Interest rates. Real estate. Financial stocks. High-yielding dividend-payers. Those are some of the ...
Dividend Aristocrats: A Free Lunch?
07/01/2016 9:00 am EST
2016 is proving to be a tough year to make money in US stocks; here, I discuss a strategy that generate consistent gains, even as the broader market treads water, suggests Nicholas Vardy, editor of The Alpha Investor Letter.
The “Dividend Aristocrats” investment strategy is based on the premise that buying large-cap stocks with decades-long track records of increased payouts will deliver total returns that exceed those of just buying the market.
To be a Dividend Aristocrat, a stock must meet two requirements:
First, it must be a member of the S&P 500. Second, it must have a history of at least 25 years of increasing annual dividends.
The current tally of S&P 500 companies that meet both of these requirements is 50.
Standard & Poor’s has been tracking the performance of these stocks since 2005 through the S&P Dividend Aristocrats Index; the index has outperformed the S&P 500, with lower volatility, since its inception.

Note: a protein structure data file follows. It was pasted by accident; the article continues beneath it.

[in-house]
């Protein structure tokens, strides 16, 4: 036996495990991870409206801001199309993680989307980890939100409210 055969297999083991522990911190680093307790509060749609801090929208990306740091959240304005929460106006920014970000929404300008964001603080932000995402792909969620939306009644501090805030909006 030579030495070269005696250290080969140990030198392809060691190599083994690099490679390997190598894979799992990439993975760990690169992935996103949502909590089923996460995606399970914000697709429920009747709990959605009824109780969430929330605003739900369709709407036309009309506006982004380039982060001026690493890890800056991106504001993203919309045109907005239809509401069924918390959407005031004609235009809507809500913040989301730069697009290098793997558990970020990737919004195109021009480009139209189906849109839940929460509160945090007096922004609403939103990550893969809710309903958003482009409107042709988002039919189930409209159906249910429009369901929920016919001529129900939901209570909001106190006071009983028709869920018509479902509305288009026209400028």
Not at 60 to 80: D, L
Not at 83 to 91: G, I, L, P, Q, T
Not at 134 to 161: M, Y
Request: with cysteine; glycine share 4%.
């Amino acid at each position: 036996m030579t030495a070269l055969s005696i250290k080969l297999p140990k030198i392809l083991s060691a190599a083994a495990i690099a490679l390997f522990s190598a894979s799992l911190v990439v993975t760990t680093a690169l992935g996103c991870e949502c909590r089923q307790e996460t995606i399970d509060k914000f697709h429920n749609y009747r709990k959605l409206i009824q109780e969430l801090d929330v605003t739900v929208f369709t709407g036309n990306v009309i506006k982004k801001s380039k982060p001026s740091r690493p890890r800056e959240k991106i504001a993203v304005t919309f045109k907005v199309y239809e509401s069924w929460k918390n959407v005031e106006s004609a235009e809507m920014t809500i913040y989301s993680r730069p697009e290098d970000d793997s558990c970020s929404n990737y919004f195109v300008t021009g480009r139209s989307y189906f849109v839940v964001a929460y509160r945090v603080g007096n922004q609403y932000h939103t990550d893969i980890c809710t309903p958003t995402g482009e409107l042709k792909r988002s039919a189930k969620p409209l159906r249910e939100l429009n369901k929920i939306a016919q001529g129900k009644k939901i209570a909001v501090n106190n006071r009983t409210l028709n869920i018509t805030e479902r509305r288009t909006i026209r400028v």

And in what amounts to that ever elusive “free lunch” of higher returns with lower risk, the index tends to capture 90% of the upside of the S&P 500, while suffering only 70% of its drawdowns.
Although the strategy is old, the ProShares S&P 500 Dividend Aristocrats ETF (NOBL) is quite new, having launched only in October 2013.
Year to date, NOBL has posted a total return of (including dividends) 8.32%. By way of comparison, the S&P 500 Index has delivered investors a total return of 2.55%.
With an expense ratio of just 0.35%, the cost to own the Aristocrats Index is more expensive than a standard S&P 500 Index fund.
But with the Dividend Aristocrats strategy outperforming both on an absolute and risk-adjusted basis, the higher management fee seems worth it.
By Nicholas Vardy, Editor of The Alpha Investor Letter
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